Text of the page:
Skip to Main Content
It looks like you're using Internet Explorer 11 or older. This website works best with modern browsers such as the latest versions of Chrome, Firefox, Safari, and Edge. If you continue with this browser, you may see unexpected results.

Faculty Guide to Learning Materials and Library Services

Linking to Learning Materials in Canvas

Pros:  Creating a link in Canvas is one of the most effective ways to connect students to learning materials.  By linking, you don't have to worry about copyright permissions or maintaining the content. 

Cons:  You do have to make sure you create a link that will be durable, and check periodically to ensure the link hasn't broken.  If the content you are linking to is moved or taken down, you may have to find an alternative.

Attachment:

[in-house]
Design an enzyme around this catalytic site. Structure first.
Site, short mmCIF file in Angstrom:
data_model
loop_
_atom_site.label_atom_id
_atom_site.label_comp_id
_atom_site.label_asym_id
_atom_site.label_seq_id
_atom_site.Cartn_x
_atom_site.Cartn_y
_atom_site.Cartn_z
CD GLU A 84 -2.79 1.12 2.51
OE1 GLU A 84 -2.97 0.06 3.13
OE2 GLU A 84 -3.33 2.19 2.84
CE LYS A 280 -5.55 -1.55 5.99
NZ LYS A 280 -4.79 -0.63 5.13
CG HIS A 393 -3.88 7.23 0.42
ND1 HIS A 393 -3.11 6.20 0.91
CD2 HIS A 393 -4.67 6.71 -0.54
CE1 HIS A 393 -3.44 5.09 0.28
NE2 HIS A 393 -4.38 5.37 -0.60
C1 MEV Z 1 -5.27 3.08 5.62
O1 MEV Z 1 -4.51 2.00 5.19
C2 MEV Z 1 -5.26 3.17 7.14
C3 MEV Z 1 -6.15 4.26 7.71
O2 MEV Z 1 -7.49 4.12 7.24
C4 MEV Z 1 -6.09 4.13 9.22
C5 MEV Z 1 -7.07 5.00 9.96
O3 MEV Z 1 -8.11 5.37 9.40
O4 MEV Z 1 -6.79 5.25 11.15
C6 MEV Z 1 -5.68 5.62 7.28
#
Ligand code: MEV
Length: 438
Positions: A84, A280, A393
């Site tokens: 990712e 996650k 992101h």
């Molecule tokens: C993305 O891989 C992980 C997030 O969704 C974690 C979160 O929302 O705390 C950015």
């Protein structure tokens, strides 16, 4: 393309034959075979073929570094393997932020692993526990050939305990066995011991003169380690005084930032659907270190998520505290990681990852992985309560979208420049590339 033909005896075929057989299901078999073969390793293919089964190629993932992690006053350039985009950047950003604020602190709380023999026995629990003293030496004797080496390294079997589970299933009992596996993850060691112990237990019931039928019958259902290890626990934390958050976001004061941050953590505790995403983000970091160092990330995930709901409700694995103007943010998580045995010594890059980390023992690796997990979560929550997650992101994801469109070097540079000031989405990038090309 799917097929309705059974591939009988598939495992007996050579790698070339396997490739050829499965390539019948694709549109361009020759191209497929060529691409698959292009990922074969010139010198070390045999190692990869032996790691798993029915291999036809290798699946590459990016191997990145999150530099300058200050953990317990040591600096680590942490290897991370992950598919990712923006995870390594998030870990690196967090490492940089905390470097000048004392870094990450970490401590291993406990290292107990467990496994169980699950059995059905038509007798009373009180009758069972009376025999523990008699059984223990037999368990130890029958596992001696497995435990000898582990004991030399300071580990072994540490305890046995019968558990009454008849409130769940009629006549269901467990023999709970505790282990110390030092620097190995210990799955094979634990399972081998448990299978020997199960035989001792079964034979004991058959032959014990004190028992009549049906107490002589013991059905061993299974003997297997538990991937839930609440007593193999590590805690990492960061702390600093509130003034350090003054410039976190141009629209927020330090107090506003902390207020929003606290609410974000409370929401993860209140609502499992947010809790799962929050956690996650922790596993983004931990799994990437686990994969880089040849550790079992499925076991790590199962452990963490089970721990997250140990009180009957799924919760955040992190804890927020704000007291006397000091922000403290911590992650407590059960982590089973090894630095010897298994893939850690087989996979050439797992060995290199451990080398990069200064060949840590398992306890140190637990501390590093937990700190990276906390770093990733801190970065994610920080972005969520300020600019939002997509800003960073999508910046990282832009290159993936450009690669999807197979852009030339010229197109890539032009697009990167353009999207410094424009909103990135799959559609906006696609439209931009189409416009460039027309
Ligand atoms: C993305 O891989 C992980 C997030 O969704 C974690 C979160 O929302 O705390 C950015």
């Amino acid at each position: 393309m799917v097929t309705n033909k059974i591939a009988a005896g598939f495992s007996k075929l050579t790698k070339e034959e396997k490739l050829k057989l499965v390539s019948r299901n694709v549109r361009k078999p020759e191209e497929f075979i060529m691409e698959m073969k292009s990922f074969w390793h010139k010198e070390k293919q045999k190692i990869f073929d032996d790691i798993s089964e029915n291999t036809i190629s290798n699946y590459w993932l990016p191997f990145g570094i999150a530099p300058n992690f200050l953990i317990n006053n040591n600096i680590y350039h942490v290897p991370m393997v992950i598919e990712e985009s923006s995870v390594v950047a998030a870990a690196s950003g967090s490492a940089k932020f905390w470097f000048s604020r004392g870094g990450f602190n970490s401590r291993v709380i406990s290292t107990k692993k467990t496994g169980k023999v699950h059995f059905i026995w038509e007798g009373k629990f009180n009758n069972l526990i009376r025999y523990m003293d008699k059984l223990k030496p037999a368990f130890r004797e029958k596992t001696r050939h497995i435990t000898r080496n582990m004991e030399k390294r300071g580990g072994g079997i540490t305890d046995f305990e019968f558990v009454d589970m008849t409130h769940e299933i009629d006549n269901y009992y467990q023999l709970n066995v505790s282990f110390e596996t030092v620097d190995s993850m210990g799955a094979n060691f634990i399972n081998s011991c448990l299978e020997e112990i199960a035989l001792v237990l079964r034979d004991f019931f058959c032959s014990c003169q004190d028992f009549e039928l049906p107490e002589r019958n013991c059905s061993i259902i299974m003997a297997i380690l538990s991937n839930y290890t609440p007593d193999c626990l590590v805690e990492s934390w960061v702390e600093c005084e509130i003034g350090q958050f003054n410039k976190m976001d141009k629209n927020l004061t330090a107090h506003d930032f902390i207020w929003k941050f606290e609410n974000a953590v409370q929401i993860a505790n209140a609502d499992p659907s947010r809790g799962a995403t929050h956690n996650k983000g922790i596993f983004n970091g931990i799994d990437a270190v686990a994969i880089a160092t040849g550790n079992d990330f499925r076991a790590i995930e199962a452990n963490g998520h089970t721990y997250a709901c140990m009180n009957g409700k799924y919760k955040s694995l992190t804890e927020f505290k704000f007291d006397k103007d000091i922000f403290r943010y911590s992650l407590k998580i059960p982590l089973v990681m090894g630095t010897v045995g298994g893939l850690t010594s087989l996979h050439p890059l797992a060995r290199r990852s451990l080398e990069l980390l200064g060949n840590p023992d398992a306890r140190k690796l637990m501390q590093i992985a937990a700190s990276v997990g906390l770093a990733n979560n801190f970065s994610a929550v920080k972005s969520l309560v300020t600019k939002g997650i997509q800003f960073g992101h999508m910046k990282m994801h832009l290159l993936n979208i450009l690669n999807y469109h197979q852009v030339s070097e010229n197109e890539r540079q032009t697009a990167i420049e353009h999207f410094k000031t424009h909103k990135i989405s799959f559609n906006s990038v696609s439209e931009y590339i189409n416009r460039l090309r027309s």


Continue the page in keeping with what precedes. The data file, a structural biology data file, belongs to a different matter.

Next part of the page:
Linking to Library-Licensed Content
  1. Using Reading Lists is the easiest way to link to library-licensed content, but sometimes you may want to create a link without using the Discover Reading Lists tool.  To do so, look for a durable, persistent, or "perma" link option in library databases.  For content from databases, copying the link from your browser address bar will often result in non-functional link.

    Examples of stable link or permalink options in databases:


  2. Ensure that the link is "proxied" to allow off-campus access to the linked content.  If not, add the proxy prefix to the link.  The proxy prefix is what allows an off-campus user to authenticate themselves by logging in with their SJU ID and password.  The proxy prefix is:  and is immediately followed by the stable url for the resource.

    A stable link to an article in the JSTOR database:
    A proxied stable link to an article in the JSTOR database:

  3. Add the link to Canvas following their instructions for adding an "external URL."